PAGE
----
Microsoft Surface Pro 5 News: Wait For Intel Kaby Lake Could Push Release To 2017
Microsoft Surface Pro 5 is not expected to land on shelves until early 2017 but it could come with all things good that could overwhelm Apple's 2016 MacBook offering.
Apple is expected to update its MacBook line by this fall though it could happen as early as June at the WWDC. Rumored specs of the MacBook Pro, which rests at the top of Apple food chain, includes Intel Skylake in a form factor comparable to last year's MacBook. Though the likelihood of MacBook Pro featuring a 4K screen is high, Apple is likely to include native retina display given the battery restrictions that slimming would pose.
Microsoft took the lead last year when it launched Surface Pro 4 with latest Intel processors. The hybrid tabled is said to have posted robust sales quarter on quarter. If rumors are any indication, Microsoft is likely to skip upgrading the hybrid this year and wait until 2017 to offer what its competition won't until at least six months. The sixth generation processor gave Surface Pro 4 the edge with Intel HD 520 that offers higher performance over fifth generation Intel processors at higher resolutions.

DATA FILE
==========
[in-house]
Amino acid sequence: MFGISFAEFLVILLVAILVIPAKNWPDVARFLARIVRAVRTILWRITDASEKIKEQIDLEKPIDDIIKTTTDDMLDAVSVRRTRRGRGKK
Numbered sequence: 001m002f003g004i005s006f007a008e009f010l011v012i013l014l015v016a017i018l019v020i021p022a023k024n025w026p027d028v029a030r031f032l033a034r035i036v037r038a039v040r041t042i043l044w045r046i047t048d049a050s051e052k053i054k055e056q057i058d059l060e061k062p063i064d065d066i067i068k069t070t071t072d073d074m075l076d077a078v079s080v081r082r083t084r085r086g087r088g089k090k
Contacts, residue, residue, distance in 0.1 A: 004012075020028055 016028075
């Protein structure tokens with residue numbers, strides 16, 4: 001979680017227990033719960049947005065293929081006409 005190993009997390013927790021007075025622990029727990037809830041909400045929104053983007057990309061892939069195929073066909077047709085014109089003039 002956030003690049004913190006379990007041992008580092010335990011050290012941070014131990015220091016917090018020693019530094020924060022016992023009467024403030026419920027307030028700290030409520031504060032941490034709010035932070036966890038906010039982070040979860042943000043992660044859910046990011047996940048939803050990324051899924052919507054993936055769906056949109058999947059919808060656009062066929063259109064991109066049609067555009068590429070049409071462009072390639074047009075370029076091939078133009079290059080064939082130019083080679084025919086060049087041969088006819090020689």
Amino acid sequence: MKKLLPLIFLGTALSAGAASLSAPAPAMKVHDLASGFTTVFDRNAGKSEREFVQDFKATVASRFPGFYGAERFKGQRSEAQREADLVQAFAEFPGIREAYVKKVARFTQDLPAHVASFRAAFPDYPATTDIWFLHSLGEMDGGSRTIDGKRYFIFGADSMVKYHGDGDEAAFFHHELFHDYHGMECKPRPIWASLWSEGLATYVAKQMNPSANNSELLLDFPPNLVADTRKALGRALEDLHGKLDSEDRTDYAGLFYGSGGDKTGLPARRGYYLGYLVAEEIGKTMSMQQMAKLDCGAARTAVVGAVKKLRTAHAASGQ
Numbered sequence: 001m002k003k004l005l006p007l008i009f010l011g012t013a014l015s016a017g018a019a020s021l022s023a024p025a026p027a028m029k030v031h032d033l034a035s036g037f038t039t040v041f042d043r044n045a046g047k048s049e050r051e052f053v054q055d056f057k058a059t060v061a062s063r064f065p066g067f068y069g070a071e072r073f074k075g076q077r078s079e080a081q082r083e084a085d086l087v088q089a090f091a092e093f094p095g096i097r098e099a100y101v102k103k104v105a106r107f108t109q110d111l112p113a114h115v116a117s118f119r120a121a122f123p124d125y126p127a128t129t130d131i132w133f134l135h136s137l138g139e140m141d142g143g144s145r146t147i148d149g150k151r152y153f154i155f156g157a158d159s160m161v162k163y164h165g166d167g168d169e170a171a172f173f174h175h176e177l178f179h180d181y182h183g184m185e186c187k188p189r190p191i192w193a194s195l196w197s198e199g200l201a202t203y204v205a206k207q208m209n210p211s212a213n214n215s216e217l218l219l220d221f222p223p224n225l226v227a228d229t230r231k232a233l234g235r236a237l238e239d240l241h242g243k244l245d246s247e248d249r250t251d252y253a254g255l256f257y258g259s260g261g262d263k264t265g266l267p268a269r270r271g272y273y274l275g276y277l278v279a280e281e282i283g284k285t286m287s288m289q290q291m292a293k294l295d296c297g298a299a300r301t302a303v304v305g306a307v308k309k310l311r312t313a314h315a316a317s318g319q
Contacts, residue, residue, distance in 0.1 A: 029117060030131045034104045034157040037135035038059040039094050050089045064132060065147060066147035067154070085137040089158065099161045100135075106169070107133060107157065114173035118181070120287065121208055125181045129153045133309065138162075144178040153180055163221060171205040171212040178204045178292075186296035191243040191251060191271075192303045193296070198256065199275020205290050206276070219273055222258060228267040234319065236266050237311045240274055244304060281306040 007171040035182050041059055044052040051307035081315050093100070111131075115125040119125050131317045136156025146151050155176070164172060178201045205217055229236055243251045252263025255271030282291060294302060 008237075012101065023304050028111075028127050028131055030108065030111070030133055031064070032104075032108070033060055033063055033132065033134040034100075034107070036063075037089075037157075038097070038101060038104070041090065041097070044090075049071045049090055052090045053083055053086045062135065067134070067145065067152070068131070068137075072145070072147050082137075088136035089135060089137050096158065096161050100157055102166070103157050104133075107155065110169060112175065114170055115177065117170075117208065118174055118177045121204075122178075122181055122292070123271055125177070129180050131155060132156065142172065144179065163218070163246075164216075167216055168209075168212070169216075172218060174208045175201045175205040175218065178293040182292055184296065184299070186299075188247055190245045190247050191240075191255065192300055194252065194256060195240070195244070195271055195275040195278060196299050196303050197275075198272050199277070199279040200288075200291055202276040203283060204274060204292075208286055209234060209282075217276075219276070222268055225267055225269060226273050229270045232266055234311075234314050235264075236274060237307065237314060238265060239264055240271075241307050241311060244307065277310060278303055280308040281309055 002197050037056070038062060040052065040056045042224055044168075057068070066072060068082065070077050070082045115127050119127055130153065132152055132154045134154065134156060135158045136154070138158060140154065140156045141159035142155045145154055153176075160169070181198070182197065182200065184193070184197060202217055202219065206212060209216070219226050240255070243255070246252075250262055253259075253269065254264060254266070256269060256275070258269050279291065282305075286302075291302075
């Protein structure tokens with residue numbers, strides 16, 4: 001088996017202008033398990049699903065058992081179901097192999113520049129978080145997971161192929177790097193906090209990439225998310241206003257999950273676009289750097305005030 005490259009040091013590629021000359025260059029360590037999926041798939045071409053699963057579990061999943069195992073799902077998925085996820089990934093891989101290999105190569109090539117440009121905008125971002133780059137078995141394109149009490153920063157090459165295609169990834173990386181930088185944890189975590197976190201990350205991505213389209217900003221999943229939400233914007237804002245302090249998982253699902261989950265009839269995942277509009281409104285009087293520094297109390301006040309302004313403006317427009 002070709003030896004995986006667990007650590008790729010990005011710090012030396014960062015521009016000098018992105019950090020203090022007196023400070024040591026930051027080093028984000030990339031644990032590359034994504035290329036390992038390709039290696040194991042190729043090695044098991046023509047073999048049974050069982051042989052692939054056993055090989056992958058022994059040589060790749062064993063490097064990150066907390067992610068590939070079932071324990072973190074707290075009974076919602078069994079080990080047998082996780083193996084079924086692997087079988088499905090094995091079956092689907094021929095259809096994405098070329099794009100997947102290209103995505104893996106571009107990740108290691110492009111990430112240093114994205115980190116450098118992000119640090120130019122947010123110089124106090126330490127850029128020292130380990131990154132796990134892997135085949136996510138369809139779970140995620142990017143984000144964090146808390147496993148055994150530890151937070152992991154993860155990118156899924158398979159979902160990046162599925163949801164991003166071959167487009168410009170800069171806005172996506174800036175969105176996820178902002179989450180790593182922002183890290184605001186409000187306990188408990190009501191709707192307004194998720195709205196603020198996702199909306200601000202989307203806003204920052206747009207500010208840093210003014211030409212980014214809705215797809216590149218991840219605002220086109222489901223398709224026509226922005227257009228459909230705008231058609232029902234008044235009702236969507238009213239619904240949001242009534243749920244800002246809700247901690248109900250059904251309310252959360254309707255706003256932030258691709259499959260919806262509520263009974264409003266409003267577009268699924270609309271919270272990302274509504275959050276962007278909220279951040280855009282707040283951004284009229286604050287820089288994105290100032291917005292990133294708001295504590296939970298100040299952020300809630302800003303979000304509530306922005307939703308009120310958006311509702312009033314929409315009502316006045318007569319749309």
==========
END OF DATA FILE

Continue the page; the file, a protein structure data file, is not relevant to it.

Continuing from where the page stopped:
Speculation is rife that Microsoft would power Surface Pro 5 with Kaby Lake processor, the 7th generation Intel processors that is expected to bring major improvements in all departments, most noticeably in battery performance where Surface Pro 4 did not do as expected before a patch. That apart, reports also suggest Surface Pro 5 could feature a 4K screen and a Microsoft could drop in a fingerprint sensor.
Mary Jo Foley, who writes on all things Microsoft, reported that Kaby Lake processors are unlikely to arrive before the end of 2016. Microsoft would not want to rush with its device releases if only to prevent a repeat of what early users of Surface Pro 4 experienced. A new Surface Pro hybrid then is most likely to be released next year with the Redstone 2 update for Windows 10.
Foley notes that Microsoft may however not rule out releasing devices powered by Skylake.